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Re: Mac Chef Series HB-85

post #1 of 14
Thread Starter 

Hello all!

 

 

I recently picked up a Mac Chef Series HB-85 8.5" Gyutou and couldn't find the following information about the knife / was hoping someone here on the forums could help me out:

 

1.) Does anyone happen to know if this knife is single beveled or a single edged knife?

 

2.) Any idea of what angle it should be sharpened at? would a 15 degree angle be sufficient or should something lower be used? 

 

 

Thanks in advance for your help and words of wisdom!

 

 

Cheers,

 

TorontoChefMC

post #2 of 14
When you sharpen you don't start at the very edge, you start behind the bevel at the lowest angle you're comfortable with. Little by little you raise the spine until you've reached the very edge and raised a burr. That's the moment to switch sides.

This method applies on all double-bevelled knives, supposing you're happy with the previous configuration and want to restore it. Sharpening is restoring a configuration that has moved a very little bit towards the spine, where the blade is a bit thicker. That's why I suggest to start behind the bevel and thin. Otherwise, your edge will get thicker after every sharpening.


sharpen4.jpg
post #3 of 14
Thread Starter 

Thanks for the sharpening tip! This actually makes a lot of sense now and it sounds like I'll have to test it out on a cheap knife to get a better feel for sharpening with this method.  Do you happen to know the the Mac Chef's 8 1/2" knife is a single or double bevel?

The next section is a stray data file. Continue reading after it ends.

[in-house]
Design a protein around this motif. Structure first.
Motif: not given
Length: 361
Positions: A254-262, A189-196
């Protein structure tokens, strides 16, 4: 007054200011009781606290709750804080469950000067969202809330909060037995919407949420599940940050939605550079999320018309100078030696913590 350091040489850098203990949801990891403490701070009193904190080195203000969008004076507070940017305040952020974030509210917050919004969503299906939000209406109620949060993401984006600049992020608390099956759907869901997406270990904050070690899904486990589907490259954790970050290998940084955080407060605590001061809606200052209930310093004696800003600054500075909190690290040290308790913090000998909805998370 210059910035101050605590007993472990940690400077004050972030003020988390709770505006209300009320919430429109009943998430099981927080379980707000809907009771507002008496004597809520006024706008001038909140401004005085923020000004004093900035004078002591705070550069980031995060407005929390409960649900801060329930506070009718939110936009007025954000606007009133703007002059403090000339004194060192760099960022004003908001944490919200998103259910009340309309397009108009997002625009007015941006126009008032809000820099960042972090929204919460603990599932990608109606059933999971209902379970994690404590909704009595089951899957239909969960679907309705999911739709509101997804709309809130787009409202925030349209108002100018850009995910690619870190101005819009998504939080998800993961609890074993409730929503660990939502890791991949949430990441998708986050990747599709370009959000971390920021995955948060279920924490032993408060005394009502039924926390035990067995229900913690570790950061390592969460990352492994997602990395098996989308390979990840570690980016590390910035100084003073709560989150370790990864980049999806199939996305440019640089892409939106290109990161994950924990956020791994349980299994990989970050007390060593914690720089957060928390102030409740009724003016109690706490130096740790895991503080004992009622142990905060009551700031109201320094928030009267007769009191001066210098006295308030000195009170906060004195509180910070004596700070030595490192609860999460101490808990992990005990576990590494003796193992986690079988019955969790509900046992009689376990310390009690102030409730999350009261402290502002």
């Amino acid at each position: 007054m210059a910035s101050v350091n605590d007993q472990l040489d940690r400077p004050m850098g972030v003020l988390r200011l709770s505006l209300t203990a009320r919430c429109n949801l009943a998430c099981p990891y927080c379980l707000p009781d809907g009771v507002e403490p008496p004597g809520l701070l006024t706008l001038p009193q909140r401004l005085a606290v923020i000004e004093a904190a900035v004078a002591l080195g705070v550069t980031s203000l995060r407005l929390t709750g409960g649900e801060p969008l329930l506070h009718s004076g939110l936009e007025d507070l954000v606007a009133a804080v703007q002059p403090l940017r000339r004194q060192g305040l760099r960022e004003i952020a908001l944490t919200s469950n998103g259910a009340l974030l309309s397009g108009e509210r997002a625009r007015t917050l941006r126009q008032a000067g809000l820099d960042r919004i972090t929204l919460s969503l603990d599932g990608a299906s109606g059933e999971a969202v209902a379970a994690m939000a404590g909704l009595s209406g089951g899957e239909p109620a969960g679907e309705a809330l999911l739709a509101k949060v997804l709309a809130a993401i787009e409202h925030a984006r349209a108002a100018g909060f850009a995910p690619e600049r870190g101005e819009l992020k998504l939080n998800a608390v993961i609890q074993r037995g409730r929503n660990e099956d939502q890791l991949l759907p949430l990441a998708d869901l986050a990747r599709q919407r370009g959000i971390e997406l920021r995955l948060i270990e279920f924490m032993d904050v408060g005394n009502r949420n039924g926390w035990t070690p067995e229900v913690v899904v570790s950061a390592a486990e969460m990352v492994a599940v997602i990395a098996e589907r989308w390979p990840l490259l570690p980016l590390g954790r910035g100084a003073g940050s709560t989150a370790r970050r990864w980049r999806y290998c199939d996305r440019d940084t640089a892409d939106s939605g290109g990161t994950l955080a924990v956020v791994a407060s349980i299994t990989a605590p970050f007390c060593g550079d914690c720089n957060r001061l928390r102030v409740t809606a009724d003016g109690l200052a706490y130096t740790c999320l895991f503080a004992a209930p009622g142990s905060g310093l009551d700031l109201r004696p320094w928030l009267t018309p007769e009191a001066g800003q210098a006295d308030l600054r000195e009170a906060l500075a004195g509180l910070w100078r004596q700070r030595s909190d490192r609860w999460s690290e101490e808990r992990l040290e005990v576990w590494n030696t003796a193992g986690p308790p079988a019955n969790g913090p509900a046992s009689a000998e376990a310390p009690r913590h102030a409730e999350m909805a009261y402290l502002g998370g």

Cheers,

Marvin

post #4 of 14
Double-bevelled.
post #5 of 14
Thread Starter 

@Benuser: Many thanks for the information! I looked around on multiple sites and there was any specific info on the bevel for this knife. I won't need to sharpen it for a while but wanted to know more about the knife. Thanks once again and cheers!

 

 

Marvin

post #6 of 14
You're most welcome, Marvin. I should have added that in your progress towards the very edge the so-called Magic Marker or Sharpie-trick can be most useful.
Here described in one of Jon Broida's excellent videos.

https://m.youtube.com/watch?v=8kzGvtX-h8g&itct=CCQQpDAYACITCP_qo4fYtMMCFUM7HAod55AAwjIGcmVsbWZ1SMzgwcC8xuvE7wE%3D&hl=nl&gl=NL&client=mv-google
post #7 of 14
Hi marvin. I have thr 7.25" version of this knife and mine came probably 60/40 maybe even 70/30 righty bias, very rough grind on the edge. I would recommend putting a 20 degree bevel on the knife when you sharpen, you'll find it holds an edge longer and is still a very pleasing little cutter. Just watch out the steel is pretty reactive. These knives respond well to a ceramic steel. Good buy. Pros talk alot of trash on macs but I always thought they were well designed and they do take a wonderful edge quite easily.
post #8 of 14
That sounds as a very likely outcome, but a relative novice shouldn't change an existing configuration with a new knife that drastically, IMHO. Better learn to reproduce the existing configuration, than how to eliminate possible steering, and only than adjusting according to the personal needs and expectations for longevity of the edge. We are now only at the first step.